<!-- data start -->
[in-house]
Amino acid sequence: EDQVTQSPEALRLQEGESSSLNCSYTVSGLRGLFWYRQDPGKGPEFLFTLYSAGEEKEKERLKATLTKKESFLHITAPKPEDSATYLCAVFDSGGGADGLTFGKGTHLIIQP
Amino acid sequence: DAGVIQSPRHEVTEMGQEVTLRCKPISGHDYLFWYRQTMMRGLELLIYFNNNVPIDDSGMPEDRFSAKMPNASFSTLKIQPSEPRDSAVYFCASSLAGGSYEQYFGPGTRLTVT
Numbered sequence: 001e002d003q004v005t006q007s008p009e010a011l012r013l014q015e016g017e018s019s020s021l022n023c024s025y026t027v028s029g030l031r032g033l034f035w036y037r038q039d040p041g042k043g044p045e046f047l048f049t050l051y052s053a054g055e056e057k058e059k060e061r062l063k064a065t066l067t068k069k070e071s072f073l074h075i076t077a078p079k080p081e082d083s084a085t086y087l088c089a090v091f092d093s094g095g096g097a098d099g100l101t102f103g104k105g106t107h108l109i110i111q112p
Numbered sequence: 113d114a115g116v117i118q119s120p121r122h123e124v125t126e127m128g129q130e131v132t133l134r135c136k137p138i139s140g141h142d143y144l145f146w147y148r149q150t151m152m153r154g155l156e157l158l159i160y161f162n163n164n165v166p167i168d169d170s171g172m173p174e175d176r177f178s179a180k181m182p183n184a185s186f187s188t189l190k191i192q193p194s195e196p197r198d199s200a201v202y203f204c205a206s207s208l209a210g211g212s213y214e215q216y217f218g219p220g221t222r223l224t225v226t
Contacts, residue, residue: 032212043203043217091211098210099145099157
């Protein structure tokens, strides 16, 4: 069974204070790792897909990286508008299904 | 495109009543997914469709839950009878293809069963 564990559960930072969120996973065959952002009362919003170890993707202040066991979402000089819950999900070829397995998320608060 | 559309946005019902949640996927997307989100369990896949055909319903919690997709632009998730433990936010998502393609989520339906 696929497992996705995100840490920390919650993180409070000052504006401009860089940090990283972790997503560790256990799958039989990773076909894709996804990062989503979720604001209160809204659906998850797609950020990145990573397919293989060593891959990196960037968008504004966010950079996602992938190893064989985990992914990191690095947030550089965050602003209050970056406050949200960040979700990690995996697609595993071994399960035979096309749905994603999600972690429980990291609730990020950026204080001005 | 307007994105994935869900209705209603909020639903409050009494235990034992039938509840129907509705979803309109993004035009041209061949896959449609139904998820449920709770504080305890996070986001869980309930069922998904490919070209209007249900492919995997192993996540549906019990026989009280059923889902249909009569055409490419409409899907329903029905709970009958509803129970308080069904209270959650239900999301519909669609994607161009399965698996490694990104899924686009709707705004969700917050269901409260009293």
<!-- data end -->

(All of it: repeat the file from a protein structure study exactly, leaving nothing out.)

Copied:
[in-house]
Amino acid sequence: EDQVTQSPEALRLQEGESSSLNCSYTVSGLRGLFWYRQDPGKGPEFLFTLYSAGEEKEKERLKATLTKKESFLHITAPKPEDSATYLCAVFDSGGGADGLTFGKGTHLIIQP
Amino acid sequence: DAGVIQSPRHEVTEMGQEVTLRCKPISGHDYLFWYRQTMMRGLELLIYFNNNVPIDDSGMPEDRFSAKMPNASFSTLKIQPSEPRDSAVYFCASSLAGGSYEQYFGPGTRLTVT
Numbered sequence: 001e002d003q004v005t006q007s008p009e010a011l012r013l014q015e016g017e018s019s020s021l022n023c024s025y026t027v028s029g030l031r032g033l034f035w036y037r038q039d040p041g042k043g044p045e046f047l048f049t050l051y052s053a054g055e056e057k058e059k060e061r062l063k064a065t066l067t068k069k070e071s072f073l074h075i076t077a078p079k080p081e082d083s084a085t086y087l088c089a090v091f092d093s094g095g096g097a098d099g100l101t102f103g104k105g106t107h108l109i110i111q112p
Numbered sequence: 113d114a115g116v117i118q119s120p121r122h123e124v125t126e127m128g129q130e131v132t133l134r135c136k137p138i139s140g141h142d143y144l145f146w147y148r149q150t151m152m153r154g155l156e157l158l159i160y161f162n163n164n165v166p167i168d169d170s171g172m173p174e175d176r177f178s179a180k181m182p183n184a185s186f187s188t189l190k191i192q193p194s195e196p197r198d199s200a201v202y203f204c205a206s207s208l209a210g211g212s213y214e215q216y217f218g219p220g221t222r223l224t225v226t
Contacts, residue, residue: 032212043203043217091211098210099145099157
């Protein structure tokens, strides 16, 4: 069974204070790792897909990286508008299904 | 495109009543997914469709839950009878293809069963 564990559960930072969120996973065959952002009362919003170890993707202040066991979402000089819950999900070829397995998320608060 | 559309946005019902949640996927997307989100369990896949055909319903919690997709632009998730433990936010998502393609989520339906 696929497992996705995100840490920390919650993180409070000052504006401009860089940090990283972790997503560790256990799958039989990773076909894709996804990062989503979720604001209160809204659906998850797609950020990145990573397919293989060593891959990196960037968008504004966010950079996602992938190893064989985990992914990191690095947030550089965050602003209050970056406050949200960040979700990690995996697609595993071994399960035979096309749905994603999600972690429980990291609730990020950026204080001005 | 307007994105994935869900209705209603909020639903409050009494235990034992039938509840129907509705979803309109993004035009041209061949896959449609139904998820449920709770504080305890996070986001869980309930069922998904490919070209209007249900492919995997192993996540549906019990026989009280059923889902249909009569055409490419409409899907329903029905709970009958509803129970308080069904209270959650239900999301519909669609994607161009399965698996490694990104899924686009709707705004969700917050269901409260009293």